Just visited ECHO, (www.echonet.org) WOW!!! What a great place. If any permies are traveling through, you should check them out. I enjoyed a tour of their ministry and picked up a signed copy of Perennial Vegetables by Eric Toensmeier. Their use of appropriate technology for Tropical Third World Countries is inspiring! They show many wonderful ways in dealing with plants, animals, building design and construction and yes the word Permaculture was used. Well, after I asked a question about it, but they did acknowledge it and they are starting to implement Permaculture ideas. Check out some of my pictures.
Have you considered the Upper Cumberlands? The areas around Cookeville, Tennessee (Home to Tennessee Tech University) and Crossville, Tennessee are hard to beat. Just research the Cumberland Plateau. In towns around Monterey, Crossville and Spencer the elevation is around 2000 feet and it does make for nicer summers. We lived off-grid in Overton County and thought it a great community. The residents fought off Wally-Mart. We just purchased property in Van Buren County and couldn't be happier. Spencer is really small but, you can be in Cookeville 30/40 minutes or Chattanooga in 45/50 minutes. I'm sure that most on this site have heard about what is going on in Chattanooga. My friend recently visited and said that the downtown area is awesome and the farmers markets are great! Low taxes, no state income tax, clean air, awesome weather and great people! I believe that you could draw a fifty mile radius around Cookeville and or Crossville and just about couldn't go wrong. Please look into and research this area, you won't regret it!
The Old Order Mennonites in Belize live really simple and a few farms that I visited in the Springfield community was quite unique. Their simple ways of living combined with Permaculture principles would be very desirable. I loved the simple farms and orchards I visited and a Belizean Forest Garden would be awesome! The families that I stayed with, said that a lot of Europeans are coming through backpacking and work on their farms for a nights stay. I think that Belmopan would be a good place for a Permaculture project as it is home to the Government and they do refer to it as the Garden City! With Maya Mountain Research Farm to the South and the simple ways of the Old Orders within a short distance, much knowledge could be gained and shared with the rest of Belize and the World! I enjoyed my visit and would be interested in hearing about all things Belize, pros and cons. Blessings...Hugh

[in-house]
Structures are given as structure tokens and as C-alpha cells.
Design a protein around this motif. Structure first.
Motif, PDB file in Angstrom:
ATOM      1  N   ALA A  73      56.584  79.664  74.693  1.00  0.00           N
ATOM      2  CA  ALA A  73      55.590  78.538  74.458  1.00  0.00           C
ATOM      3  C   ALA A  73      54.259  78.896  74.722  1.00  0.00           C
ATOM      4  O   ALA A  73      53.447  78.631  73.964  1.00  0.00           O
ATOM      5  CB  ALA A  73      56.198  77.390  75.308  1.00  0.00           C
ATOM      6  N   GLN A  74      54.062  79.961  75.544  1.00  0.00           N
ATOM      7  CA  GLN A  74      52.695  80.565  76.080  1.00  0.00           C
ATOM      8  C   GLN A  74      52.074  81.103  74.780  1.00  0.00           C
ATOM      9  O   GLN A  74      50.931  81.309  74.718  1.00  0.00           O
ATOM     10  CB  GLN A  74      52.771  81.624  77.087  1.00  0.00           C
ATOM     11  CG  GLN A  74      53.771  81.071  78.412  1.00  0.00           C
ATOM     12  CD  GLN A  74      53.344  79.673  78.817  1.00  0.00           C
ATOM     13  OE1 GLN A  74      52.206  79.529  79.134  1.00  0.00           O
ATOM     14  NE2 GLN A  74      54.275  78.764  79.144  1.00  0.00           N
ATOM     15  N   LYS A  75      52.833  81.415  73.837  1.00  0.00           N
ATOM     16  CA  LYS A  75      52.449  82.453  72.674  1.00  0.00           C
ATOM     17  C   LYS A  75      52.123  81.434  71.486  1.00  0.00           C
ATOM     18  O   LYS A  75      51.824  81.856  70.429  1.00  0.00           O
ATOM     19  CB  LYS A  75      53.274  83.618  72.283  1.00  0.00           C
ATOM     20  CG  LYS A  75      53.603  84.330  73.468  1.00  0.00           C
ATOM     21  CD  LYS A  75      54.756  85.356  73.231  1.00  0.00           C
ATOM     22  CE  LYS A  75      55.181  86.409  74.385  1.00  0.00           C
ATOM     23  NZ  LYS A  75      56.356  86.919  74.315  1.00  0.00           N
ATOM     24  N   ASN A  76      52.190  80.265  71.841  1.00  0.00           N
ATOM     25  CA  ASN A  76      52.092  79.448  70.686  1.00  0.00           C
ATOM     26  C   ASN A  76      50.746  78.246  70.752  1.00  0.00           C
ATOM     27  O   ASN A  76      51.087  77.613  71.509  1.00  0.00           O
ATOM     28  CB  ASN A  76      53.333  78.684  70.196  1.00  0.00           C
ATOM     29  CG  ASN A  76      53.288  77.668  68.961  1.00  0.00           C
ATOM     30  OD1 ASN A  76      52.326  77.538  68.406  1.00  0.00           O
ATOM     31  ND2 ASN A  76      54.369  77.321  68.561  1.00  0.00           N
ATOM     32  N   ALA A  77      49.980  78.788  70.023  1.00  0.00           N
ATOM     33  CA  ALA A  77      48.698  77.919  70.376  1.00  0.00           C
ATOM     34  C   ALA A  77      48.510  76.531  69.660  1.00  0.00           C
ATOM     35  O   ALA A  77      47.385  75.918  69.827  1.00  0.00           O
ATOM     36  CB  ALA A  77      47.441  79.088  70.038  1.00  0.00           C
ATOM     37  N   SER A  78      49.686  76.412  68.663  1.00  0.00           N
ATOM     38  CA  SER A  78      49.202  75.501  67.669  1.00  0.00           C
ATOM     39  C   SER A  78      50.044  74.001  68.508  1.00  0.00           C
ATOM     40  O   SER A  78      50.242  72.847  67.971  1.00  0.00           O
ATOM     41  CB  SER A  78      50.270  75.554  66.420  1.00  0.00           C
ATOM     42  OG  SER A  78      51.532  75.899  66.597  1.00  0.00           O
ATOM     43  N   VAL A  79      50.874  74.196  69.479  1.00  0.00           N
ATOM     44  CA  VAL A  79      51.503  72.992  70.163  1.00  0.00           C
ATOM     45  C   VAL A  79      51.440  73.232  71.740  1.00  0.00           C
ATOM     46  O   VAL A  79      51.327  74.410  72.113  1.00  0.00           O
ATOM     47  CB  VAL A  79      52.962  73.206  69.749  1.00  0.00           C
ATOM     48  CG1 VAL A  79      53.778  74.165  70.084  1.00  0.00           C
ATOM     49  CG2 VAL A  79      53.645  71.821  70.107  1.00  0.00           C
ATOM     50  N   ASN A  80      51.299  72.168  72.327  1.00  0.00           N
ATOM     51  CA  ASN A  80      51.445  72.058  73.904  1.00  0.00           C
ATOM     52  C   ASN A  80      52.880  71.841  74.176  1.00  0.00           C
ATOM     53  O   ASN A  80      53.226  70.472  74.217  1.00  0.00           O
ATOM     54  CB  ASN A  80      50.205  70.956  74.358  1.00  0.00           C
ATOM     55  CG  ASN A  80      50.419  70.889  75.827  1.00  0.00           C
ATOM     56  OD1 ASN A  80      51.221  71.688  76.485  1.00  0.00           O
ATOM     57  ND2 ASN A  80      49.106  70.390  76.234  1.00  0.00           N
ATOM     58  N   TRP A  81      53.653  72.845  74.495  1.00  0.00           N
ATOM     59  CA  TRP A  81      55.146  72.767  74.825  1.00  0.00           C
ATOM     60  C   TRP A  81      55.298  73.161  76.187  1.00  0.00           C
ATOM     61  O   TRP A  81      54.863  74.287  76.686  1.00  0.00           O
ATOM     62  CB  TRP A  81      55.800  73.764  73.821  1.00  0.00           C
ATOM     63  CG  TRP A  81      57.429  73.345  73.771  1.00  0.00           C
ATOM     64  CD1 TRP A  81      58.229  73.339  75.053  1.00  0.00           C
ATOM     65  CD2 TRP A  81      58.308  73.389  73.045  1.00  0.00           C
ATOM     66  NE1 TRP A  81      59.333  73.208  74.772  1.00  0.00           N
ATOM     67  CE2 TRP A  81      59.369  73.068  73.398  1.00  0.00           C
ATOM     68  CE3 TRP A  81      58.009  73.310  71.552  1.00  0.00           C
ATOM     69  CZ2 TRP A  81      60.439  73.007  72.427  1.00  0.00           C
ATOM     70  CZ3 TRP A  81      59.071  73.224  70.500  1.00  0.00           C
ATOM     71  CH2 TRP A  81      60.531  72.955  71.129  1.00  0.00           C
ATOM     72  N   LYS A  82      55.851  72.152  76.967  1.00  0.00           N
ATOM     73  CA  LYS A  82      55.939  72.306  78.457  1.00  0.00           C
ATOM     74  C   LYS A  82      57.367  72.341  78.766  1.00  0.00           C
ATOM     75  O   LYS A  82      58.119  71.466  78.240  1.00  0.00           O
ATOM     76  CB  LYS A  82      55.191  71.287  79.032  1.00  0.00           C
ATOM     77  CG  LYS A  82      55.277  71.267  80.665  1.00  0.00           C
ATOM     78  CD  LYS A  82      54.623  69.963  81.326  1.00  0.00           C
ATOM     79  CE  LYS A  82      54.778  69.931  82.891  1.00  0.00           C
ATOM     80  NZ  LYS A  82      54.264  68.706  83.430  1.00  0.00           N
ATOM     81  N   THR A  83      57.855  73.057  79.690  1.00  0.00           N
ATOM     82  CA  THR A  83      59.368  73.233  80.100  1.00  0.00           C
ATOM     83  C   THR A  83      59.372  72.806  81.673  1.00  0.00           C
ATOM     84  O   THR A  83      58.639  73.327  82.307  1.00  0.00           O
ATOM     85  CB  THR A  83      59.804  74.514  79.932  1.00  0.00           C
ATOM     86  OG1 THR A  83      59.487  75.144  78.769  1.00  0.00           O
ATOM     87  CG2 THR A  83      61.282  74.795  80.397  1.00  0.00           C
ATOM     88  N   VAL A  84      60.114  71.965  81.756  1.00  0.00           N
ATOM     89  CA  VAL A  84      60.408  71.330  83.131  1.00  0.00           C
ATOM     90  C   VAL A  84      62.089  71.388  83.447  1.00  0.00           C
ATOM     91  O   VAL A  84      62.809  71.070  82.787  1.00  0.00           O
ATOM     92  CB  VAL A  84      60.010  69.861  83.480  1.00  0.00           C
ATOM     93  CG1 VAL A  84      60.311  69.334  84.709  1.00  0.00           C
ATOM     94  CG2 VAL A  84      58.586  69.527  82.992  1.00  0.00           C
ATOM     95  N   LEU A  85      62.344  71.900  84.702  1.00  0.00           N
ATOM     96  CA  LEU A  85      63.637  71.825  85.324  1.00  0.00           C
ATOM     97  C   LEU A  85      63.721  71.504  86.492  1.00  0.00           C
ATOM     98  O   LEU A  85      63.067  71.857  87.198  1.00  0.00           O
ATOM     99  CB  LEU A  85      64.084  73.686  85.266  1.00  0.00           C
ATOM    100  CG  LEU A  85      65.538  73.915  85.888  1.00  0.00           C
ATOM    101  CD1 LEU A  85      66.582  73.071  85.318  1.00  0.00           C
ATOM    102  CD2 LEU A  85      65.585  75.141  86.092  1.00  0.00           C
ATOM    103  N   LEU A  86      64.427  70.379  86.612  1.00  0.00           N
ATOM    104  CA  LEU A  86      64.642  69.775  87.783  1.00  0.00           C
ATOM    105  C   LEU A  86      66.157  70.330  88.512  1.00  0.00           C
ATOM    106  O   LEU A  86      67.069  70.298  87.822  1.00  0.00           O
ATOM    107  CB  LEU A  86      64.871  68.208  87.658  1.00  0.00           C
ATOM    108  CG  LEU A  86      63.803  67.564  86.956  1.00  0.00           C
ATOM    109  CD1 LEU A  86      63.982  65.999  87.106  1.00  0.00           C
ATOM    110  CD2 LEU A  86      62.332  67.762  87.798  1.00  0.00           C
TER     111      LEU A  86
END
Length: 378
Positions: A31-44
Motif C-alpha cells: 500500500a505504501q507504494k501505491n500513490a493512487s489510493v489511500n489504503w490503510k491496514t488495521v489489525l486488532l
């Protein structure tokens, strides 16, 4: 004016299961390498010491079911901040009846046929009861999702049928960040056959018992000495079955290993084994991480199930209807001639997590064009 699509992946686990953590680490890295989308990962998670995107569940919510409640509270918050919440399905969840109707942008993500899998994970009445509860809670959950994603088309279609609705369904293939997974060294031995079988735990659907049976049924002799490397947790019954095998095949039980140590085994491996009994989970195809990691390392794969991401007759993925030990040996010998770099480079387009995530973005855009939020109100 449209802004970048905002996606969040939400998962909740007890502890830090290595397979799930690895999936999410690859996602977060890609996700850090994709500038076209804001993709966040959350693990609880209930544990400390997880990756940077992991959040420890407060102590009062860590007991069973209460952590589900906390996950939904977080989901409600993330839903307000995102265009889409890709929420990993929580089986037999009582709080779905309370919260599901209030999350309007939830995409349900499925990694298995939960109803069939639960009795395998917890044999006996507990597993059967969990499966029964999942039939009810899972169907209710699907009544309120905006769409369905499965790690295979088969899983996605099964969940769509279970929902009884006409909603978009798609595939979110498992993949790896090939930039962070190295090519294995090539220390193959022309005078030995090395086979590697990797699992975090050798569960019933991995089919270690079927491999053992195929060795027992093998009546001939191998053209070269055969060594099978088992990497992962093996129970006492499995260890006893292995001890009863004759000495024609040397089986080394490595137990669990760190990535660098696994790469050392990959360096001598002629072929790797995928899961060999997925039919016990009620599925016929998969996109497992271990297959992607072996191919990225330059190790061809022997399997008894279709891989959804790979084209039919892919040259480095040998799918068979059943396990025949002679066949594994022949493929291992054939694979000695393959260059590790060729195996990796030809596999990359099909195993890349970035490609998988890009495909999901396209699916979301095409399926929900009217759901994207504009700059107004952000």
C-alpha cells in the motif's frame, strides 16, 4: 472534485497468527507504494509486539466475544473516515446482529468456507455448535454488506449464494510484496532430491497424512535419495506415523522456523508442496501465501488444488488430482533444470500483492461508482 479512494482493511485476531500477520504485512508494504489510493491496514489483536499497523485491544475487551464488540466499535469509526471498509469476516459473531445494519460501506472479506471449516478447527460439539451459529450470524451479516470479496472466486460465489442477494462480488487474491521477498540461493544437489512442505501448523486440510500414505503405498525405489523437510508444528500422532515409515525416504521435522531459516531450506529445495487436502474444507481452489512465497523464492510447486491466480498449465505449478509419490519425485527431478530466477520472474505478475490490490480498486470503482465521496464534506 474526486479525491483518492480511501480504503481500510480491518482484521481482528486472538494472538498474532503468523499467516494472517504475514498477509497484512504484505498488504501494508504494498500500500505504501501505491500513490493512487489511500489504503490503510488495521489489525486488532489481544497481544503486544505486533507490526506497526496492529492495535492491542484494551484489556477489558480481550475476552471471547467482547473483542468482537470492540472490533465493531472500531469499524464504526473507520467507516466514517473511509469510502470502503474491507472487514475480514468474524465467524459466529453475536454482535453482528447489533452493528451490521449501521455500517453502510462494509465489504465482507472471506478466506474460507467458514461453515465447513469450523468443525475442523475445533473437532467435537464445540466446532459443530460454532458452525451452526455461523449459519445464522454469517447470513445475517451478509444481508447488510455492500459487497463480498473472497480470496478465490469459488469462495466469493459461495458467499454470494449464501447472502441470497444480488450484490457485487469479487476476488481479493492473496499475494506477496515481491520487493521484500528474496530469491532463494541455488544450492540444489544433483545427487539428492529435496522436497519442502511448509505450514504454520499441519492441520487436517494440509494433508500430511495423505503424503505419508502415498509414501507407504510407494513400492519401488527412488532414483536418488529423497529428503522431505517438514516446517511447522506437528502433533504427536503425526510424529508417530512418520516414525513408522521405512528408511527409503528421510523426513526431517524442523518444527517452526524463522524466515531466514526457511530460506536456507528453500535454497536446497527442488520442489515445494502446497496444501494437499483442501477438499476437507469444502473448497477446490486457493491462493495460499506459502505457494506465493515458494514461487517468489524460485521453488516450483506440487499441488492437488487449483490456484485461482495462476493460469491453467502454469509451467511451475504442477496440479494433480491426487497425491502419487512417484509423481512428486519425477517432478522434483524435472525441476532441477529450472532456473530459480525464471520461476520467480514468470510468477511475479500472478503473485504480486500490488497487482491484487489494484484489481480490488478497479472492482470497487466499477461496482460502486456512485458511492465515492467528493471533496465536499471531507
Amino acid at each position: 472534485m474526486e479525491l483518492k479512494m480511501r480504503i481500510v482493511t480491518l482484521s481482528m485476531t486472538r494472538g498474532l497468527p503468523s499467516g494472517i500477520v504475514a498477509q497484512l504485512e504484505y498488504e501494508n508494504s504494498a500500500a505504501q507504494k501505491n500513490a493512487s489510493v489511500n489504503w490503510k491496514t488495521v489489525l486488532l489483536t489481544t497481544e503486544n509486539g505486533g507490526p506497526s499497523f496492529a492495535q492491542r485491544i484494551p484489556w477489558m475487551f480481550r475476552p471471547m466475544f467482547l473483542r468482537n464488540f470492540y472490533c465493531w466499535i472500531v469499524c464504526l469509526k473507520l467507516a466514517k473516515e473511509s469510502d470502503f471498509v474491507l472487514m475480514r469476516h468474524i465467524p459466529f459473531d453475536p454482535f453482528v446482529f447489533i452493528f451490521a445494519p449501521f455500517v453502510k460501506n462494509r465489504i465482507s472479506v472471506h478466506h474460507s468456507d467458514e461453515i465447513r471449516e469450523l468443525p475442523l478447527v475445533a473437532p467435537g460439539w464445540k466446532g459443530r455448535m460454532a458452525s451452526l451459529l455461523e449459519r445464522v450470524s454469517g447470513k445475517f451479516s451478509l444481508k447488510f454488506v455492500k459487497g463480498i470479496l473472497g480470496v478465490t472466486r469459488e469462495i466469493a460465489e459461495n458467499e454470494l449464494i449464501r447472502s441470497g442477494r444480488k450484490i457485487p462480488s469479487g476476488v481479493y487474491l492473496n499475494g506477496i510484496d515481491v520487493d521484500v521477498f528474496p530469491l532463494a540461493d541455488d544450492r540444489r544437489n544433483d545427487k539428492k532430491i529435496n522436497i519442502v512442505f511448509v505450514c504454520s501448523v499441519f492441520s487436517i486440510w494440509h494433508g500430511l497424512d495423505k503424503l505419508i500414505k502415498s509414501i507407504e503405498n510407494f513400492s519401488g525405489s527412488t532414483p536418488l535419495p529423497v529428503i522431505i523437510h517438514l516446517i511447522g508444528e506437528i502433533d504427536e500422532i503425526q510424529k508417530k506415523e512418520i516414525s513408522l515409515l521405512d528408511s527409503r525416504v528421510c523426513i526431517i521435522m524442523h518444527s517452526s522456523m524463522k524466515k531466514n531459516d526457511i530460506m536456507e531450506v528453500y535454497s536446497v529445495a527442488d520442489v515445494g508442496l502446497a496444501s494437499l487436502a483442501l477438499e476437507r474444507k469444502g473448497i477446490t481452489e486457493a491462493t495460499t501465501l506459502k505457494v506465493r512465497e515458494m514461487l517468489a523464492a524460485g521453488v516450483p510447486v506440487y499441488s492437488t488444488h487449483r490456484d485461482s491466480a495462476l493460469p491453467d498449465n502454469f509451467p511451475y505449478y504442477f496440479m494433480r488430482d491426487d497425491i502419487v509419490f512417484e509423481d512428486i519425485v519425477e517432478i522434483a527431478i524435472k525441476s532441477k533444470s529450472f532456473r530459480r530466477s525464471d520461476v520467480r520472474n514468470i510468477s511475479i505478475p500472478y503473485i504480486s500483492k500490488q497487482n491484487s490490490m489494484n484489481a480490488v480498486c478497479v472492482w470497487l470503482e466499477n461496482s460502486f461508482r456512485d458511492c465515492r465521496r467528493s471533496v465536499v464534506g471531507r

I recently visited Belize, Central America and stayed with the Old Order Mennonites in the Cayo and Stann Creek districts. I was wondering if there were any Permaculture activities in or around the Capital City, Belmopan? Has anyone visited Belize and considered moving there? It also would be great to here from people who live there presently and people who have lived there in the past, thoughts?
Greetings from the Sunshine state! My question for Toby was basically his thoughts on using Permaculture on old strip-mined lands. In Central/East Tennessee in a very magical place called the Upper Cumberlands is a beautiful tract of land. The Upper Cumberlands, run from North Alabama, through Tennessee and up into Kentucky as far as I know, but could go farther as they are apart of the Appalachian chain. These tracts of lands are reasonably priced and offer untold beauty for all to see. Knowing that this was once mined and that the scenery I gaze upon has been much altered by man, I wonder? Could these lands flourish again and bring forth substance for all to benefit from, while healing itself? I have done a small amount of research on-line and I find not many people speaking on this subject. My family and I would like to create a forest garden, rotational graze our very small herd of livestock on sustainable pastures and heal the land and ourselves through putting permaculture to practice. If anyone is doing this, great! let's here from you. If you know of someone already doing it, please let us know and kind thoughts would be appreciated! Toby, again thank you for all that you do. Enjoying The Journey...Hugh
Thank you Paul and Toby, My family and I are looking at the possibility of purchasing a piece of strip-mined land in the Upper Cumberlands of Central/East TN. This land was strip-mined may years ago, but is now reclaimed grasslands, with many creeks, ponds and young trees of various species trying there best to reclaim from the damage already done. Toby, What are you thoughts on using such property with permaculture? My family and I wish to create a forest garden, rotational graze our small livestock holding through deep soil and great grass and live as self sufficient as possible. Much destruction has come to these lands and I sometimes wonder, would it be best to look elsewhere. Or through Permaculture, perhaps heal these lands? These are just some thoughts. Enjoying The Journey...Hugh